The greatest advantage of the insanity defense is that it may allow the defendant to escape the severest penalties of prosecution in favor of a more lenient alternatives. In some cases, the defendant may even be offered treatment in lieu of punishment.
In cases where it can be substantiated that a defendant suffers from severe mental incapacity or illness, most court systems recognize that alternative solutions are necessary when trying him. In the most extreme cases, such as those pertaining to murder trials, a determination of insanity is likely sufficient to remove the possibility for capital punishment, or the death penalty. In some cases, an insanity defense may result in no jail time whatsoever. The defendant may be remanded after trial to the care of a mental health facility for a specific duration, occasionally with the possibility of freedom existing after significant recovery is observed.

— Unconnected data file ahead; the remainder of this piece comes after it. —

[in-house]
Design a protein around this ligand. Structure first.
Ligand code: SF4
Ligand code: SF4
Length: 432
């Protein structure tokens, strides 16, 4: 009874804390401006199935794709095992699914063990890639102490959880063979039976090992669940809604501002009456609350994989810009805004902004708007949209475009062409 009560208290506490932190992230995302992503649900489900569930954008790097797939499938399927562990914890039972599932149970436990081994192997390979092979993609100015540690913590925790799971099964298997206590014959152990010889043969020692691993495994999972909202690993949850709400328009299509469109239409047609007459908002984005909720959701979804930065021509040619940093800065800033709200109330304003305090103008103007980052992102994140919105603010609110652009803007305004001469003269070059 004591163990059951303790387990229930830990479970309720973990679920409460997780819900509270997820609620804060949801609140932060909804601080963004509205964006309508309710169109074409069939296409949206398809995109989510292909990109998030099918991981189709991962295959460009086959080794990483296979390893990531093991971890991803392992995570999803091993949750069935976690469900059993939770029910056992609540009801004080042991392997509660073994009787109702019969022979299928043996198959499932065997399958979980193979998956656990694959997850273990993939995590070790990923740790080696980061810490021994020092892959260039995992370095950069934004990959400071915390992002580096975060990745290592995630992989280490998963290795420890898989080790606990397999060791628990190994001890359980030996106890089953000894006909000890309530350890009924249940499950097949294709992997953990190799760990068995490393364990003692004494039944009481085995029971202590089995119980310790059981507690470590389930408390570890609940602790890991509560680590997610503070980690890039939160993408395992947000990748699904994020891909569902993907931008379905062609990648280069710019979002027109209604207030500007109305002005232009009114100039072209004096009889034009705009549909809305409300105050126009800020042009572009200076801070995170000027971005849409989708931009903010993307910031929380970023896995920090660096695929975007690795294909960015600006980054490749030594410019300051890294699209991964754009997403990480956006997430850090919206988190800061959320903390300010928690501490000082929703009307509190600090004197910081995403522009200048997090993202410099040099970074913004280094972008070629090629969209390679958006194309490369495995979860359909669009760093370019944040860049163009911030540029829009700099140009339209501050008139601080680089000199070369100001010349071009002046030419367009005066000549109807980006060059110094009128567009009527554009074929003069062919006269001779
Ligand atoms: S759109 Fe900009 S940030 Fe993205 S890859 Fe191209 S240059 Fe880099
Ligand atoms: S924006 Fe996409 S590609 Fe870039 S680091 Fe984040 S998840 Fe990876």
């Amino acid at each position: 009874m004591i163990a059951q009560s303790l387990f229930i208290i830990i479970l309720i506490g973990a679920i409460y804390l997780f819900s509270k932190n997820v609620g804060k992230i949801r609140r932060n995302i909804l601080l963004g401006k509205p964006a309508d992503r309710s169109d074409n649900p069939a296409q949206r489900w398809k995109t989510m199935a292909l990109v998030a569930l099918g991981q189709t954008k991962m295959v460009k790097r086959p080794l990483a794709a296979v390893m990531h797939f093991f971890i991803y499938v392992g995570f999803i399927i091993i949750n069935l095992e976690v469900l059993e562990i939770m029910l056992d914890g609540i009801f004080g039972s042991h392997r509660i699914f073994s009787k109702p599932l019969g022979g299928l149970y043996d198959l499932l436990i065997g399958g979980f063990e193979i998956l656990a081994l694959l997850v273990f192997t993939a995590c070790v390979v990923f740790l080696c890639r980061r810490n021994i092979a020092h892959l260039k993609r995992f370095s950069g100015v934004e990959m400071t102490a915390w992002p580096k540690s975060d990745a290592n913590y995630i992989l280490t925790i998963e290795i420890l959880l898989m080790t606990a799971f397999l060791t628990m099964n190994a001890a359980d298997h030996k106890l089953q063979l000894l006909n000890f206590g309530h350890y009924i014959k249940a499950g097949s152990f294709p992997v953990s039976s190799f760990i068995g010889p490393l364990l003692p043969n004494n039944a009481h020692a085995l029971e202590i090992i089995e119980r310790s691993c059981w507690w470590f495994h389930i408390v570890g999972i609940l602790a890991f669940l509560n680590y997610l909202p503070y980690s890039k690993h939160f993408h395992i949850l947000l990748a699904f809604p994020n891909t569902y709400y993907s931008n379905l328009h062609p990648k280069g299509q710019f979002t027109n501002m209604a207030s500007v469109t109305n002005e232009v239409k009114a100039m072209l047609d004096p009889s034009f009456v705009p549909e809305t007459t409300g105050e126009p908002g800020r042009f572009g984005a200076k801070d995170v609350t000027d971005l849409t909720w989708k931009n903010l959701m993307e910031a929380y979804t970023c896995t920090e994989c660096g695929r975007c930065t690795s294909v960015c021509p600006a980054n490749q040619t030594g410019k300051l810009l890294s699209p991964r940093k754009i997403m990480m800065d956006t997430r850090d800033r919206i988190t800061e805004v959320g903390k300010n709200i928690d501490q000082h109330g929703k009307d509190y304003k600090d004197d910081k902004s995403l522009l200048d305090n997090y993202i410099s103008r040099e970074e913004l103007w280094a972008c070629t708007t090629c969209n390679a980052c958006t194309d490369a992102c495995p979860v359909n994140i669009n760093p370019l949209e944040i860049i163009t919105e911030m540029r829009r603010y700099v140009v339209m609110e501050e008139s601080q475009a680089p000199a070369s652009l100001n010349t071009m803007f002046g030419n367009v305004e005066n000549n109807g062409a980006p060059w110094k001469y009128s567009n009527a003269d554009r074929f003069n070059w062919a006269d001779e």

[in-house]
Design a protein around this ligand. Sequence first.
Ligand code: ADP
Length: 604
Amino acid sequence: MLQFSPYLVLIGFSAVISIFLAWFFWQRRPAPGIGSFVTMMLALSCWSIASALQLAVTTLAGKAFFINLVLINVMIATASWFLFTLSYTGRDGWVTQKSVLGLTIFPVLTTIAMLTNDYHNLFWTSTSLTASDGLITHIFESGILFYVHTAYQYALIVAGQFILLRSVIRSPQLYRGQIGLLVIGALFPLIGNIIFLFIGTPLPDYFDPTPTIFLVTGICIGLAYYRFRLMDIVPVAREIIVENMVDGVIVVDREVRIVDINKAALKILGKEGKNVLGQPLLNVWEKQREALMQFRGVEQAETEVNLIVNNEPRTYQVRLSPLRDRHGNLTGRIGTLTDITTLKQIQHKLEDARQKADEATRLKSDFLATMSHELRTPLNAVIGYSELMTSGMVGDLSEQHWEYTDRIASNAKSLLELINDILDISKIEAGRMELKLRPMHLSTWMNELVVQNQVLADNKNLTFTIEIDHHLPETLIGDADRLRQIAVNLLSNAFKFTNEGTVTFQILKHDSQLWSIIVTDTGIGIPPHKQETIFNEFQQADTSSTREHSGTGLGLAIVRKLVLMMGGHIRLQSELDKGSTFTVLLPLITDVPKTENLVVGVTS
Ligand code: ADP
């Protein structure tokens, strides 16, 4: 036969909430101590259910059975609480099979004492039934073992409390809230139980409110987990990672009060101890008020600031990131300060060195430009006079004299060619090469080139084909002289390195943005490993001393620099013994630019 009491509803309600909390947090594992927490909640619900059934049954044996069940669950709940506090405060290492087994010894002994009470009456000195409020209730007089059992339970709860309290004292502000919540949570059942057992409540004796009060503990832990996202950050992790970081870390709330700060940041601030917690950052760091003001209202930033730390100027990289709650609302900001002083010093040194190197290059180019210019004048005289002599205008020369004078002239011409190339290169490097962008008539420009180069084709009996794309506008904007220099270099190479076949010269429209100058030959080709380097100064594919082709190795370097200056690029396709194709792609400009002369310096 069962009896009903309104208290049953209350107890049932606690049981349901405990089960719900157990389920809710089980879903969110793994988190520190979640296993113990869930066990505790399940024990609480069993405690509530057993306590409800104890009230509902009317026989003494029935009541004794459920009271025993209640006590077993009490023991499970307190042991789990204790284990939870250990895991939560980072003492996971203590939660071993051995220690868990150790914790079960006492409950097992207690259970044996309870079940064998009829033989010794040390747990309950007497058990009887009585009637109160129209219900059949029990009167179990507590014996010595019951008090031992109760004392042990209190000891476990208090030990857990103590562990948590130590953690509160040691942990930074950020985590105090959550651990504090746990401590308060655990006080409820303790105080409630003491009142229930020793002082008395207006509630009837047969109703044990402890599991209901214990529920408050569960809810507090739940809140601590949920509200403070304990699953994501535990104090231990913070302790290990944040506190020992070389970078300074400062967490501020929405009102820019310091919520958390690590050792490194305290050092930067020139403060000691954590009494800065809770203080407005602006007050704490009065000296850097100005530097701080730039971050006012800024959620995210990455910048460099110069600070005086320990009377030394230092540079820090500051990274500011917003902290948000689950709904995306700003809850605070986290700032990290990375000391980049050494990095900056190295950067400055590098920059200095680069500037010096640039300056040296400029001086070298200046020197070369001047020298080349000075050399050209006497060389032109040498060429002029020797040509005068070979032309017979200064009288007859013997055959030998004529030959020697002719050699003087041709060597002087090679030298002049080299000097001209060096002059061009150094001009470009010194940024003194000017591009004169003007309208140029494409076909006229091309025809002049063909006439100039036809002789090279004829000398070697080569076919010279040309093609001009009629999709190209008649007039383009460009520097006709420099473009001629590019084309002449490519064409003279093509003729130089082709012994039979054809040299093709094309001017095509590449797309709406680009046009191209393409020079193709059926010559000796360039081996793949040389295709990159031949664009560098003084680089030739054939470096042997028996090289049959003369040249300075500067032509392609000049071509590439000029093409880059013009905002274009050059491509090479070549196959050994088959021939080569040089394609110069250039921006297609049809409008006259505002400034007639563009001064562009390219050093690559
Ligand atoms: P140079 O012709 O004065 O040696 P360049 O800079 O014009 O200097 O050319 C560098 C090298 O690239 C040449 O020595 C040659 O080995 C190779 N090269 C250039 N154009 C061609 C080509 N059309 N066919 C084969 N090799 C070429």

The most successful bids for an insanity defense often involve people who have some record or past history of mental illness. Otherwise, it usually proves to be significantly more difficult to convince a court of this avenue of defense. Those wishing to plead insanity are customarily first subjected to an intensive mental evaluation. Afterward, mental health professionals, such as psychiatrists or psychologists, testify as to the condition of the defendant. As insanity pronouncements during trials are considered an issue of criminal determination, it is the judge, rather than the health professionals, who ultimately determines the legitimacy or illegitimacy of the claim.